If we each left home every morning thinking of ourselves as a missionary for God, I wonder how the world would be different.

Tuesday, October 25, 2016

What Motivates You?

The Denver Broncos currently hold the title of Superbowl Champions. Last night they played, and defeated, the the quarterback they expected to start for them this year, Brock Osweiler.

Osweiler started last season as the backup to Peyton Manning. He started 7 games for the Broncos when Manning was injured, but was benched during the final game of the regular season and watched Manning start all the playoff games on the way to winning the Superbowl.

Much to everyone's surprise, even after Manning retired and the Denver starting QB job all his, Osweiler decided to sign with the Houston Texans. As he walked out the door he provided this explanation,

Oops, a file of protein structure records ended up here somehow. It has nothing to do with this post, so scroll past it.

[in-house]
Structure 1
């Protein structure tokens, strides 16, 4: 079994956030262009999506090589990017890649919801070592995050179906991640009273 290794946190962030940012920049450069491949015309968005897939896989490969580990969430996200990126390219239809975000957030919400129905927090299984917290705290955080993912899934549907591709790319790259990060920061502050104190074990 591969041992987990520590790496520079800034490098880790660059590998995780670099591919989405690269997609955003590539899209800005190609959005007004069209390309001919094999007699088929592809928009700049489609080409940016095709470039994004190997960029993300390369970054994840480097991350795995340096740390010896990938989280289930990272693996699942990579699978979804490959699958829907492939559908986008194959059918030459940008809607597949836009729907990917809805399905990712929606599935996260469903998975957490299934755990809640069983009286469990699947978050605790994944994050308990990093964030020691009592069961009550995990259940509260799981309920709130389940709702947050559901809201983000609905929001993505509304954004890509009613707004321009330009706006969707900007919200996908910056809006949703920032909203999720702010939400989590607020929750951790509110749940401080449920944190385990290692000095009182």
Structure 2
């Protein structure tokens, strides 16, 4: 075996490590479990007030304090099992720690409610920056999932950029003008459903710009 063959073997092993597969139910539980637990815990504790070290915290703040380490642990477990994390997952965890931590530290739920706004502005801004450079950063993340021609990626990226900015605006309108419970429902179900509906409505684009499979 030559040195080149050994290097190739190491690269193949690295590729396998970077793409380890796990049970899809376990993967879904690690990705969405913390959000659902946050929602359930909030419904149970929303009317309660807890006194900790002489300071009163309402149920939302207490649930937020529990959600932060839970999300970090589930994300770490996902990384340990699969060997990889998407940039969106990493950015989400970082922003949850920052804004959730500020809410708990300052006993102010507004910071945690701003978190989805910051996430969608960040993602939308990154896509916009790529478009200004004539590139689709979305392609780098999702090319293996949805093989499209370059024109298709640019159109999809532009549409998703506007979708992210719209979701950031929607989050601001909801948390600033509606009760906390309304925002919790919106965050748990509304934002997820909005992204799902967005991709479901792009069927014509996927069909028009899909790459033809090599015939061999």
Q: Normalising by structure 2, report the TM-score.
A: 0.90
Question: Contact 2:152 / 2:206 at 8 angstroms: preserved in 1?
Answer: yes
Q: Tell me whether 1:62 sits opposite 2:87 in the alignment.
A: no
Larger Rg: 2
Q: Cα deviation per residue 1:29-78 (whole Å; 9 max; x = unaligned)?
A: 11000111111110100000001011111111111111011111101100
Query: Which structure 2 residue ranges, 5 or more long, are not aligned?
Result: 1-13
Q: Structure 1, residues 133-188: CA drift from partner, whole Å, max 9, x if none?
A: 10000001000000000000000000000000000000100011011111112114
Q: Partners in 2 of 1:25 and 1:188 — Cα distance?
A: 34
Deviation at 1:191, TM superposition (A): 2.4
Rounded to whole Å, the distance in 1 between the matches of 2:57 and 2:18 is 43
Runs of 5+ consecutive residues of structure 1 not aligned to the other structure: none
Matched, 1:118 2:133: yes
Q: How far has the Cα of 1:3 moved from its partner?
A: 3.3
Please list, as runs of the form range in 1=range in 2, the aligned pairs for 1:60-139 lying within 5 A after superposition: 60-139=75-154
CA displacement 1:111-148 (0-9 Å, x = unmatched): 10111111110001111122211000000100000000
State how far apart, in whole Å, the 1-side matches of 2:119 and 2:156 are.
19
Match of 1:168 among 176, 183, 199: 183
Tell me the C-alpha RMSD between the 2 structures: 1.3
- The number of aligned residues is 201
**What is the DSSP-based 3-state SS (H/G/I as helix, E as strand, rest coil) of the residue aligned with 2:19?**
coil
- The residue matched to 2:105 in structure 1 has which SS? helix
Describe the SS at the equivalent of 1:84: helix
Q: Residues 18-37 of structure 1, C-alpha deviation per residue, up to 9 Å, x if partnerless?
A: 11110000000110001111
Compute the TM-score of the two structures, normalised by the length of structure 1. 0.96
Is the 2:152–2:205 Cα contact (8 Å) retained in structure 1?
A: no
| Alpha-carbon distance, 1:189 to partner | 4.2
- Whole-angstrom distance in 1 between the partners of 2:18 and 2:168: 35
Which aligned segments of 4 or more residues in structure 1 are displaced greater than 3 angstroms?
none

"I'm very thankful, I'm very appreciative for everything that the Denver Broncos organization has done for me,” he said. “However, in saying that, at this point in time in my career, I feel like the Houston Texans give me the best opportunity to be successful."  [Read more here.]
After last night's game the Texans fall behind the Broncos with 4 wins compared to 5. Did Osweiler make the right decision? It depends on what motivates him. The Texans paid him more money. Osweiler has stated that this was the best decision for his family. Others have suggested that Osweiler was offended after he was benched for the playoffs.

Superbowl rings, money, or family, how do they factor into his decision making process? How much weight does each factor receive?

This ESPN article suggests that Osweiler should have stayed in Denver, and provides this commentary about motivation,
"We all know that happiness and prosperity in life, even in pro football, are often defined by things that have nothing to do with dollars and cents. Take championship rings, for instance. How much money do you think Dan Marino would give back if it meant adding a Super Bowl title to his otherwise staggering legacy?"